The Australian National Academy of Music (ANAM) offers the only professional performance training program for classical musicians in Australia.
Established in 1995 and based in Melbourne (currently at the historic Abbotsford Convent), ANAM is one of eight federally funded national elite training organisations in the performing arts. It was established to train exceptional classical musicians aged 17 to 27, from around Australia and New Zealand. There are currently 67 musicians in training, with an annual intake of around 25, which makes for an intimate and concentrated learning experience.
Free of a traditional syllabus, ANAM’s bespoke 12-month Performance Program is non accredited; it’s less like doing a traditional music degree, and more like spending an intense studio-based year as a professional musician.
Musicians participate in performances throughout the year alongside renowned conductors, composers and fellow professional musicians, but as well as rehearsals, there are classes, one-on-one coaching, and seminars on everything from aural skills to specific instrumental health issues and community outreach. In short, it’s everything a young classical musician needs to have a successful, healthy and connected career making beautiful music.
An individualised approach for every musician
David Thomas, who has been Head of Woodwind at ANAM since 2008, and also holds the position of Principal Clarinet with the Melbourne Symphony Orchestra (MSO), says: ‘The thing that sets ANAM apart is that, because we don’t work to a set syllabus, we are able to tailor the training to individuals, and to really bring out everything in their musical personality and in their musical imagination.’
ANAM’s Artistic Director, Paavali Jumppanen, says: ‘Today’s world is in need of musicians who are creative, independent and ready to be the torchbearers for the art we all love. At ANAM we take every young musician’s aspirations to heart. We pledge to guide them wisely during what is possibly the most exciting chapter in their artistic lives so far, namely the time when talented students transform into young professional artists.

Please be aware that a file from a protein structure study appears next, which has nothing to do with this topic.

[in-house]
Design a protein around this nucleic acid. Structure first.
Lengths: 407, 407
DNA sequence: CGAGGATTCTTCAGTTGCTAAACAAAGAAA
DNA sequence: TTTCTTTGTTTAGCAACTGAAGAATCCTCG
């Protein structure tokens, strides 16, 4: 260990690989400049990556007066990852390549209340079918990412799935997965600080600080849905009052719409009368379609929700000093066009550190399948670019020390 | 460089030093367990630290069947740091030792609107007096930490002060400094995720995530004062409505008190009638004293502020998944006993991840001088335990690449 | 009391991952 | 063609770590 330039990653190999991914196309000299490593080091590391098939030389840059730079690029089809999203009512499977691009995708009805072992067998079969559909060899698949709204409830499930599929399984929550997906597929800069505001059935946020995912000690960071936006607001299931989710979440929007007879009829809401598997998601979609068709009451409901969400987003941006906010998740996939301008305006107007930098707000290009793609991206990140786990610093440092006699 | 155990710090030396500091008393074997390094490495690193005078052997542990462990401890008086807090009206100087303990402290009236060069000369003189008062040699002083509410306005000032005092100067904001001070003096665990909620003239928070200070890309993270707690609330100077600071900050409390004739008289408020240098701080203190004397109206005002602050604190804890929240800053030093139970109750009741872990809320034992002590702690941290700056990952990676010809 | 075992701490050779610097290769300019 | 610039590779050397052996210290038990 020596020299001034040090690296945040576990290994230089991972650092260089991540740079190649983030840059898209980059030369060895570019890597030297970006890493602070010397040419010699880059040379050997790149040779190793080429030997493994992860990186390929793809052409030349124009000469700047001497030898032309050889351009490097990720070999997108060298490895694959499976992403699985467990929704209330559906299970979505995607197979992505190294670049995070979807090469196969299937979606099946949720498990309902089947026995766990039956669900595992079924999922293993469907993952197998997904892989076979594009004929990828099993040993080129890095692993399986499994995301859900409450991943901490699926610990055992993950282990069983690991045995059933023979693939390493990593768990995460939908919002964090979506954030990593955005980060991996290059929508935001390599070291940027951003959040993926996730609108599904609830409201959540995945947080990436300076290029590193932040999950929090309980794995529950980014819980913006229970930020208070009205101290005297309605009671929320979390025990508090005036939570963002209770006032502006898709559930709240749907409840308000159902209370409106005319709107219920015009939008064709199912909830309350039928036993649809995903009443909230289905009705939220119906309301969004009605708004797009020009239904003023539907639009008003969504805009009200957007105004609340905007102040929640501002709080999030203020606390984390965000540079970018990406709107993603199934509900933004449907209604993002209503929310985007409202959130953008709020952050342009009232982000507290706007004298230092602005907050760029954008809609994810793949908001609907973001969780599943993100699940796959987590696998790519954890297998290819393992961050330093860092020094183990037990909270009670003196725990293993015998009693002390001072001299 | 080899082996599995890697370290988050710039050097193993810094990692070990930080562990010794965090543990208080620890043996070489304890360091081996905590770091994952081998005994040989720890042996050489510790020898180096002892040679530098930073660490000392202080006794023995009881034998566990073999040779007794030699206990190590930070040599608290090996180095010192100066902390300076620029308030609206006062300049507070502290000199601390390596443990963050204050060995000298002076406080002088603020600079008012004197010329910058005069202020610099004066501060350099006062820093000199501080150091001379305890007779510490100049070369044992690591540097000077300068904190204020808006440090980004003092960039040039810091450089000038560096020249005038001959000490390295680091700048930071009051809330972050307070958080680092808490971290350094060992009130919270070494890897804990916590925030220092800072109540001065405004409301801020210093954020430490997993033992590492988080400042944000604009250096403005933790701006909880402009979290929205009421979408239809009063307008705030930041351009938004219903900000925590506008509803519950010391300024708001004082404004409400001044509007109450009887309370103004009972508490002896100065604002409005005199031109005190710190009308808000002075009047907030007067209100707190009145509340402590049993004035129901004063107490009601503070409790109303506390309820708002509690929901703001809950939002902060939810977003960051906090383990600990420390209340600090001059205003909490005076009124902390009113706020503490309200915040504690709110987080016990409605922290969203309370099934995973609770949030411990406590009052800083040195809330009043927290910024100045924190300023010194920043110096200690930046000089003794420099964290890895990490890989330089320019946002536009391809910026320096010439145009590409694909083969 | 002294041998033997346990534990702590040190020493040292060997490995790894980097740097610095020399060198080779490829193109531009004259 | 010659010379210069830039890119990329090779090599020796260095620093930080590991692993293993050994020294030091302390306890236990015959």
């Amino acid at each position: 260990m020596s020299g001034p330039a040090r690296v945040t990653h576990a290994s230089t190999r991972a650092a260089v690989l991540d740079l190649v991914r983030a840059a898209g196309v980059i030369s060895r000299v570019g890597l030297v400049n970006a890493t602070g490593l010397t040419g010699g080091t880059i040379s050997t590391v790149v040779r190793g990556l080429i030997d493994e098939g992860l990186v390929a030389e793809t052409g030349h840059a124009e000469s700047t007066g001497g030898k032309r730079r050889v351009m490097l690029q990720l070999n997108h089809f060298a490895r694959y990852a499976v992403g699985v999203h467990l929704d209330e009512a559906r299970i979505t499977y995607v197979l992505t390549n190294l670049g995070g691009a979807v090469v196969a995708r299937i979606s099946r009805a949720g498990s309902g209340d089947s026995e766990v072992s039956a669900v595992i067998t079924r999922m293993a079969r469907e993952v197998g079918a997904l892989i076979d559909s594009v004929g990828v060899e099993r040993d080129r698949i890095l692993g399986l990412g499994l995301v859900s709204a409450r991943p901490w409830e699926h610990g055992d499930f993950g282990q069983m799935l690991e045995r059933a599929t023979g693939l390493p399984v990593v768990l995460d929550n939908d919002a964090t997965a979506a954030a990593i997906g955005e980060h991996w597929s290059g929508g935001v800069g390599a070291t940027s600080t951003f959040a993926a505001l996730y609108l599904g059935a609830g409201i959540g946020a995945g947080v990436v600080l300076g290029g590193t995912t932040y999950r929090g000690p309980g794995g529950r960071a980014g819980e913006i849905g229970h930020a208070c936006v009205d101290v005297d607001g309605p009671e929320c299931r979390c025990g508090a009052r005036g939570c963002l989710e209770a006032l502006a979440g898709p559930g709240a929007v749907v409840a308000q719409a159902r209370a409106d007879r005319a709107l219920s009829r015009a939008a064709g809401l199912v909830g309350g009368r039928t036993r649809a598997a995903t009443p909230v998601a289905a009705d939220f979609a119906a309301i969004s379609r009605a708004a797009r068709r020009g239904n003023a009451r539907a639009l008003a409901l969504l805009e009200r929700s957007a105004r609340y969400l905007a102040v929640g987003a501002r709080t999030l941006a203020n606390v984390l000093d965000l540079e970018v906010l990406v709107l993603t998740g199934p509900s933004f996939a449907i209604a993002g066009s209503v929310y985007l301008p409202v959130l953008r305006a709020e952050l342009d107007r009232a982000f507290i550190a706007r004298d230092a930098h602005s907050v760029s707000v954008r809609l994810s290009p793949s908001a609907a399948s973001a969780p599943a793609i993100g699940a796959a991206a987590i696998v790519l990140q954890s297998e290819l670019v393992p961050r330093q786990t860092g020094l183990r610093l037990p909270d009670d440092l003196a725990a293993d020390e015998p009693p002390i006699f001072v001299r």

‘We invite young musicians onto a journey leading to instrumental excellence and artistic discovery. Along the way we explore the music of yesterday, today and tomorrow. Our faculty are expert pedagogues and their commitment and integrity ensures that every aspiring musician joining the ANAM community gets a chance to reach their maximum.’
ANAM’s Performance Program
The Performance Program is intimate and ever-changing, but always delivered by an experienced faculty of professional musicians. It is structured around five core areas:
- Studio Training and Solo Performance
- Chamber Music
- Ensemble and Orchestral Performance
- Musician Enhancement, and
- International Academy Partnerships.
Thomas says that ANAM’s holistic approach to nurturing performers gives them individualised musical training, as well as teaching them how to take care of themselves physically, financially and professionally.
‘We offer modules about health and well-being, about making [funding] submissions and even how to do your taxes – everything they’re going to need as working musicians,’ he says.
‘Chamber music and ensemble skills are the absolute basis of being a working musician. Apart from being great on your instrument, being able to fit in – to lead where necessary and to have good people skills – all those things are absolutely crucial… That’s what we practise a lot at ANAM.’
Thomas says the kinds of careers ANAM alumni can expect range from permanent jobs in orchestras, to a more varied life freelancing, with some orchestral work as a casual and ‘as much chamber music as they can squeeze into their life’.
‘We have ANAM alumni who are in orchestras all over the world and Australia. Most of our musicians will also have some type of teaching involved in their career, and we have alumni in leading teaching positions in universities.’
Acceptance into the Performance Program is highly competitive and is based entirely on audition and interview rather than any prerequisite.
‘We’re always looking for people who are outstanding instrumentalists,’ explains Thomas, ‘but ANAM accepts musicians who, without fail, have curiosity and are inquisitive about the musical world. They’re interested in broadening their horizons and learning about things that are new to them. That’s certainly the type of person who thrives at ANAM.’
ANAM applications for the 2024 intake are open from Monday 5 June to Sunday 25 June 2023. Find out more at anam.com.au/training